The Arctic wind built threatening, angry stratocumulus clouds over Reigate early today (pictured) and some built into perky sleet showers by the end of the day.  The rest of this week should be brighter, clearer, frosty and less windy but sadly no sign of Spring yet – models show cool conditions continuing next week. Light snow is possible in Reigate on a decaying occluded front over Thursday night.  The Arctic wind will shut down in the next few days as a HIGH pressure builds from the SW.  Significant snow is a possibility in the first part of next week anytime from Sunday night through to Tuesday for Reigate and SE England as winds swing Easterly associated with a trough slipping SE. It’s tricky to forecast whether it will be snow, sleet or rain and where exactly it will fall at this stage but ,despite this vague detail, models do agree that a SLIDER LOW will move down from the NW and bring, initially warmer southerlies and rain on Sunday, but then drag in some cool Easterlies which could cause a spell of snow, possibly for the rush hour on Monday.  Early next week will be cold and snow / sleet showers threaten anytime. It’s a tricky forecast because the temperature of these Easterly winds is now creeping up as Spring approaches and surface temperatures will hover at the upper threshold of snowfall (2° or 3°C) so that it could easily fall as sleet or rain. Places further east and higher up on the Downs are more likely to get snow rather than sleet: it is that close. Follow 1-10 on the slides to check the causes of this potential snowy event: it is quite different from our Skyfall last month.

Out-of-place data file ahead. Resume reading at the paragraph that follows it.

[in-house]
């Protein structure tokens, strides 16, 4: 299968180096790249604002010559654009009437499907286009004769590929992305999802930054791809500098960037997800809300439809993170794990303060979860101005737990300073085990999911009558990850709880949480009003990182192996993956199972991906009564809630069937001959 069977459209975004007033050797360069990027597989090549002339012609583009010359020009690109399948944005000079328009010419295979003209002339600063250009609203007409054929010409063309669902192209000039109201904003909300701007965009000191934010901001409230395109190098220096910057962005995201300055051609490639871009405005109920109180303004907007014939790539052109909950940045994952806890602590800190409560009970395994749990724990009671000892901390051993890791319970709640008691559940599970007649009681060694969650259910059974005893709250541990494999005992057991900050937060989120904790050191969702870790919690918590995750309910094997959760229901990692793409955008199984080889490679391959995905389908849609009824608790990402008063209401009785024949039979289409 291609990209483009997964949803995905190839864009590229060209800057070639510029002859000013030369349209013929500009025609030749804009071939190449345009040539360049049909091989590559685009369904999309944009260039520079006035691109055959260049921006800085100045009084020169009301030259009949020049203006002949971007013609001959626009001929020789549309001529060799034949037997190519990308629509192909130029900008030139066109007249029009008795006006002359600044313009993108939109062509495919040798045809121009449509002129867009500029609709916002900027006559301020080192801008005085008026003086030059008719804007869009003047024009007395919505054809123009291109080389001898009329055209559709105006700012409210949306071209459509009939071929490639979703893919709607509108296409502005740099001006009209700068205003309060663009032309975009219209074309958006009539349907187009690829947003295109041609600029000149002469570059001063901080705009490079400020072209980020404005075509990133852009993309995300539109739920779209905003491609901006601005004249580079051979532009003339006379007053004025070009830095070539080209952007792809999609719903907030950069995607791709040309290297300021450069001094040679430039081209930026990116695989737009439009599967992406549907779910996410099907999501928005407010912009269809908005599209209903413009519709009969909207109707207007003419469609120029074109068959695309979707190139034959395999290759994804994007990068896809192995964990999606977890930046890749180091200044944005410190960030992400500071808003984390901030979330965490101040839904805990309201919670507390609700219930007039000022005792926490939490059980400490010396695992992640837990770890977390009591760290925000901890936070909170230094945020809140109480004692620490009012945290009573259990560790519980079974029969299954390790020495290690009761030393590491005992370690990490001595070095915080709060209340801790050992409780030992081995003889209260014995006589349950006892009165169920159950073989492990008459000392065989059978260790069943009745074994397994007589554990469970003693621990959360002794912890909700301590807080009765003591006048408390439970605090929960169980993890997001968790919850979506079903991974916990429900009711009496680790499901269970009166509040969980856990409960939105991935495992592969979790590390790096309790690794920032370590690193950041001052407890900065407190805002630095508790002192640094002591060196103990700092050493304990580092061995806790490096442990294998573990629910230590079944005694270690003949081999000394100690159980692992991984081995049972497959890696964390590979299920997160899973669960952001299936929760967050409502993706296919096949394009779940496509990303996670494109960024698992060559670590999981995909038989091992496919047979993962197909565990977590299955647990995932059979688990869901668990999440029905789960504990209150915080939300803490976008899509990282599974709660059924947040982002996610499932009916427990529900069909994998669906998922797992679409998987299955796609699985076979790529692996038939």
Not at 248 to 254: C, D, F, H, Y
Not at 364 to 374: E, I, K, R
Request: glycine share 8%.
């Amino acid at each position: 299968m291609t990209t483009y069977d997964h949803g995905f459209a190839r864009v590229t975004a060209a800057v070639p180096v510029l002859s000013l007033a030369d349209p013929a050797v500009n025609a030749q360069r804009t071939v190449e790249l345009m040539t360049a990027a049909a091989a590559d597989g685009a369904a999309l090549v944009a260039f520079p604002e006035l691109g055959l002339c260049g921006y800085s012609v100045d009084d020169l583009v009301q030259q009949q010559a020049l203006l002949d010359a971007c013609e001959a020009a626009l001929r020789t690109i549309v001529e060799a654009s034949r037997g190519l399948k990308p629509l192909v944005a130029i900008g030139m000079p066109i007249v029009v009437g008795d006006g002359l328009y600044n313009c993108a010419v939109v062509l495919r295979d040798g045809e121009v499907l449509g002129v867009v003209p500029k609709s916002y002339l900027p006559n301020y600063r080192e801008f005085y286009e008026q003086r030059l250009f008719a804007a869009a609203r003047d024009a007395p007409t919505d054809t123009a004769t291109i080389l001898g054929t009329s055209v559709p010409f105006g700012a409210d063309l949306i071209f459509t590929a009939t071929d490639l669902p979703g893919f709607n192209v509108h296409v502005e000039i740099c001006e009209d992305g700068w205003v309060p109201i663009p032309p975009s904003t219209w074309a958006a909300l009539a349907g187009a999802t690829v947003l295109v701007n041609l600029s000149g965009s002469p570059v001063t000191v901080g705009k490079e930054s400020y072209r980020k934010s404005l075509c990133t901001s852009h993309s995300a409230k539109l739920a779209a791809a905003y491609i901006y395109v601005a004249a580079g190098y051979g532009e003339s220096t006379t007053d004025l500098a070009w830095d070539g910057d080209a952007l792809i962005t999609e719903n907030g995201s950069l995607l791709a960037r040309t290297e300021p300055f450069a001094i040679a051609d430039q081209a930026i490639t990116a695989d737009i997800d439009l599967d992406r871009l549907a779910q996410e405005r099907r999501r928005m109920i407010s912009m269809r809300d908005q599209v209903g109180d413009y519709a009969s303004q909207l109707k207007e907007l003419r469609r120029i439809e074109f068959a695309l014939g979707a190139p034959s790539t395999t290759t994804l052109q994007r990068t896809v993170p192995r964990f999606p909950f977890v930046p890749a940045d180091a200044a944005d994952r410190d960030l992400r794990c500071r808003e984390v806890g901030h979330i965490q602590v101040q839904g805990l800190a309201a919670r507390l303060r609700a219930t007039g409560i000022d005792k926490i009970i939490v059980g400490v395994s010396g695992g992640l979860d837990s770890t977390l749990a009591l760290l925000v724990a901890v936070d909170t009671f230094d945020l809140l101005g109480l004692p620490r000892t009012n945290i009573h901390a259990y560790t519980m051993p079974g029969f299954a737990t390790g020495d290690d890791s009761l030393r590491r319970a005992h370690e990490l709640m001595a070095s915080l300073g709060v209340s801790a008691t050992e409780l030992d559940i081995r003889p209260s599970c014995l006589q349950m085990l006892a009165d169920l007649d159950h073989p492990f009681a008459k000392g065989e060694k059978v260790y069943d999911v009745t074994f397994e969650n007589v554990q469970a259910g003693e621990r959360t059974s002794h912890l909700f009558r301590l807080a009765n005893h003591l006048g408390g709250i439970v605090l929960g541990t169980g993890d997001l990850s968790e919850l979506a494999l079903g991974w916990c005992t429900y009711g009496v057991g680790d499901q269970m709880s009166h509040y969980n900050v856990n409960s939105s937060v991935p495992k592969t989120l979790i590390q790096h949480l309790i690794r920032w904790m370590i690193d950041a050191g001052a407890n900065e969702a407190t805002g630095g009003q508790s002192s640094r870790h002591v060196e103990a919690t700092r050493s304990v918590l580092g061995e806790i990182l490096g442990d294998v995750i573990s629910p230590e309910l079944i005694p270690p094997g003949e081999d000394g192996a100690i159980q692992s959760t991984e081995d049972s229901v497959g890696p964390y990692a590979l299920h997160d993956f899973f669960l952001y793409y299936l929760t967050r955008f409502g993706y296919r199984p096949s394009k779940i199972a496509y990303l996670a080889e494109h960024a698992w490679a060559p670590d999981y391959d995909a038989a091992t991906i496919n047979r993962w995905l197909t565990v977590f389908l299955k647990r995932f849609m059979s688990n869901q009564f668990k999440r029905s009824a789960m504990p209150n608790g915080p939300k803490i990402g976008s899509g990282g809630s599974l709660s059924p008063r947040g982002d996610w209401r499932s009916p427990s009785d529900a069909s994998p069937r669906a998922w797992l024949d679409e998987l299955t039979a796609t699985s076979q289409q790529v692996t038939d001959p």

It looks like February could see a return to winter conditions for Reigate (2 small colour charts) and maybe even cold enough for some snow; though with the sun being that bit stronger it is unlikely to be as chilly as last week. The jetstream, currently right over the UK and bringing our stormy conditions and unseasonably high temperatures (12°C today at midday in Reigate), is likely to be shifted south during the second week of February. A blocking upper ridge in the Atlantic and building HIGH pressure over the North Pole will combine to swing winds round to a cool northerly direction over the UK. A LOW over Europe will add to the chill by bringing in periods of cold Easterly winds over the UK as well and it is these which often bring significant snow to the South East.